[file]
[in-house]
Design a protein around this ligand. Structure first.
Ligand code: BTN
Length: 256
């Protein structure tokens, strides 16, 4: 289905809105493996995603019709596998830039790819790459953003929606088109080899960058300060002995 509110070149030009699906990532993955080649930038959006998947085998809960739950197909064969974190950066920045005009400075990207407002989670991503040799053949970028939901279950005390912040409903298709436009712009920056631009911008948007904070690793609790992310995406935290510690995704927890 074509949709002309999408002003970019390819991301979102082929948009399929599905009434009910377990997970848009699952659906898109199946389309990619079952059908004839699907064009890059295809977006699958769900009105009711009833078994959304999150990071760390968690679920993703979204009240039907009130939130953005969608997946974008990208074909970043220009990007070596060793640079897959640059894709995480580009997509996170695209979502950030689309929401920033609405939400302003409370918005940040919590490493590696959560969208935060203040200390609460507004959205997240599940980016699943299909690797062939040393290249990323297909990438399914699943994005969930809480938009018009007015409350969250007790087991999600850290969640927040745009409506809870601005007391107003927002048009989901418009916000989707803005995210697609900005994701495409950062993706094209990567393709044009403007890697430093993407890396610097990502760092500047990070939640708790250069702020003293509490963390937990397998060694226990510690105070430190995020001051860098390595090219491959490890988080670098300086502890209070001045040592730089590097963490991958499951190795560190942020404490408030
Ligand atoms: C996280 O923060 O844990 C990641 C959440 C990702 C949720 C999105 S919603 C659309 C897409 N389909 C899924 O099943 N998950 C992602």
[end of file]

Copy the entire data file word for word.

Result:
[in-house]
Design a protein around this ligand. Structure first.
Ligand code: BTN
Length: 256
């Protein structure tokens, strides 16, 4: 289905809105493996995603019709596998830039790819790459953003929606088109080899960058300060002995 509110070149030009699906990532993955080649930038959006998947085998809960739950197909064969974190950066920045005009400075990207407002989670991503040799053949970028939901279950005390912040409903298709436009712009920056631009911008948007904070690793609790992310995406935290510690995704927890 074509949709002309999408002003970019390819991301979102082929948009399929599905009434009910377990997970848009699952659906898109199946389309990619079952059908004839699907064009890059295809977006699958769900009105009711009833078994959304999150990071760390968690679920993703979204009240039907009130939130953005969608997946974008990208074909970043220009990007070596060793640079897959640059894709995480580009997509996170695209979502950030689309929401920033609405939400302003409370918005940040919590490493590696959560969208935060203040200390609460507004959205997240599940980016699943299909690797062939040393290249990323297909990438399914699943994005969930809480938009018009007015409350969250007790087991999600850290969640927040745009409506809870601005007391107003927002048009989901418009916000989707803005995210697609900005994701495409950062993706094209990567393709044009403007890697430093993407890396610097990502760092500047990070939640708790250069702020003293509490963390937990397998060694226990510690105070430190995020001051860098390595090219491959490890988080670098300086502890209070001045040592730089590097963490991958499951190795560190942020404490408030
Ligand atoms: C996280 O923060 O844990 C990641 C959440 C990702 C949720 C999105 S919603 C659309 C897409 N389909 C899924 O099943 N998950 C992602």